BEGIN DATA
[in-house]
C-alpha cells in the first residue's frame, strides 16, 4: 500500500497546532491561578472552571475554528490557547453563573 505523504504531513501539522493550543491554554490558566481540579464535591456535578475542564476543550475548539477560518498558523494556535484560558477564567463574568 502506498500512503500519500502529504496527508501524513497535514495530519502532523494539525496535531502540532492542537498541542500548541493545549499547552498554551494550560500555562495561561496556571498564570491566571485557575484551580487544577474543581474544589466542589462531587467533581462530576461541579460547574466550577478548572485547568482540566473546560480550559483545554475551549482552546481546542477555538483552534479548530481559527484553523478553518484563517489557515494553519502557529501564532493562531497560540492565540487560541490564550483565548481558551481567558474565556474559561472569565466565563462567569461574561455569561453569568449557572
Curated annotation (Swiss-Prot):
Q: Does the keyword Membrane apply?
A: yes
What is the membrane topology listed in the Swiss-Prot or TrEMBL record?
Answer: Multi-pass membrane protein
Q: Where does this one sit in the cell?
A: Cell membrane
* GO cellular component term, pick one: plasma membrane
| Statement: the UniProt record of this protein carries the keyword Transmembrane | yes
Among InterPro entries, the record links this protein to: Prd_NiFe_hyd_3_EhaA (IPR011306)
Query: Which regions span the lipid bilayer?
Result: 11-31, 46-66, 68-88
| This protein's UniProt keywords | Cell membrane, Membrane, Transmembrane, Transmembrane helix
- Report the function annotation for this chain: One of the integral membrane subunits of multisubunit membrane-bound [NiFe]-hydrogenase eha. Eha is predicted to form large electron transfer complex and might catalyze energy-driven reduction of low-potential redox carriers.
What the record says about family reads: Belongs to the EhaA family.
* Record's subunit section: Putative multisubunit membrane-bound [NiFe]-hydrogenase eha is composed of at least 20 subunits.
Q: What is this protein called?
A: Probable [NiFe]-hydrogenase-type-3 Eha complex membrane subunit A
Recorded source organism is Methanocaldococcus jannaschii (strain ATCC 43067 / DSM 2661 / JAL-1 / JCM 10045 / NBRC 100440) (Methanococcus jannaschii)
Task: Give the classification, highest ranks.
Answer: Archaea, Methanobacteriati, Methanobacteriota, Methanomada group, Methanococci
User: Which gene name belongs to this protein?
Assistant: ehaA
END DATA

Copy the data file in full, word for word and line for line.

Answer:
[in-house]
C-alpha cells in the first residue's frame, strides 16, 4: 500500500497546532491561578472552571475554528490557547453563573 505523504504531513501539522493550543491554554490558566481540579464535591456535578475542564476543550475548539477560518498558523494556535484560558477564567463574568 502506498500512503500519500502529504496527508501524513497535514495530519502532523494539525496535531502540532492542537498541542500548541493545549499547552498554551494550560500555562495561561496556571498564570491566571485557575484551580487544577474543581474544589466542589462531587467533581462530576461541579460547574466550577478548572485547568482540566473546560480550559483545554475551549482552546481546542477555538483552534479548530481559527484553523478553518484563517489557515494553519502557529501564532493562531497560540492565540487560541490564550483565548481558551481567558474565556474559561472569565466565563462567569461574561455569561453569568449557572
Curated annotation (Swiss-Prot):
Q: Does the keyword Membrane apply?
A: yes
What is the membrane topology listed in the Swiss-Prot or TrEMBL record?
Answer: Multi-pass membrane protein
Q: Where does this one sit in the cell?
A: Cell membrane
* GO cellular component term, pick one: plasma membrane
| Statement: the UniProt record of this protein carries the keyword Transmembrane | yes
Among InterPro entries, the record links this protein to: Prd_NiFe_hyd_3_EhaA (IPR011306)
Query: Which regions span the lipid bilayer?
Result: 11-31, 46-66, 68-88
| This protein's UniProt keywords | Cell membrane, Membrane, Transmembrane, Transmembrane helix
- Report the function annotation for this chain: One of the integral membrane subunits of multisubunit membrane-bound [NiFe]-hydrogenase eha. Eha is predicted to form large electron transfer complex and might catalyze energy-driven reduction of low-potential redox carriers.
What the record says about family reads: Belongs to the EhaA family.
* Record's subunit section: Putative multisubunit membrane-bound [NiFe]-hydrogenase eha is composed of at least 20 subunits.
Q: What is this protein called?
A: Probable [NiFe]-hydrogenase-type-3 Eha complex membrane subunit A
Recorded source organism is Methanocaldococcus jannaschii (strain ATCC 43067 / DSM 2661 / JAL-1 / JCM 10045 / NBRC 100440) (Methanococcus jannaschii)
Task: Give the classification, highest ranks.
Answer: Archaea, Methanobacteriati, Methanobacteriota, Methanomada group, Methanococci
User: Which gene name belongs to this protein?
Assistant: ehaA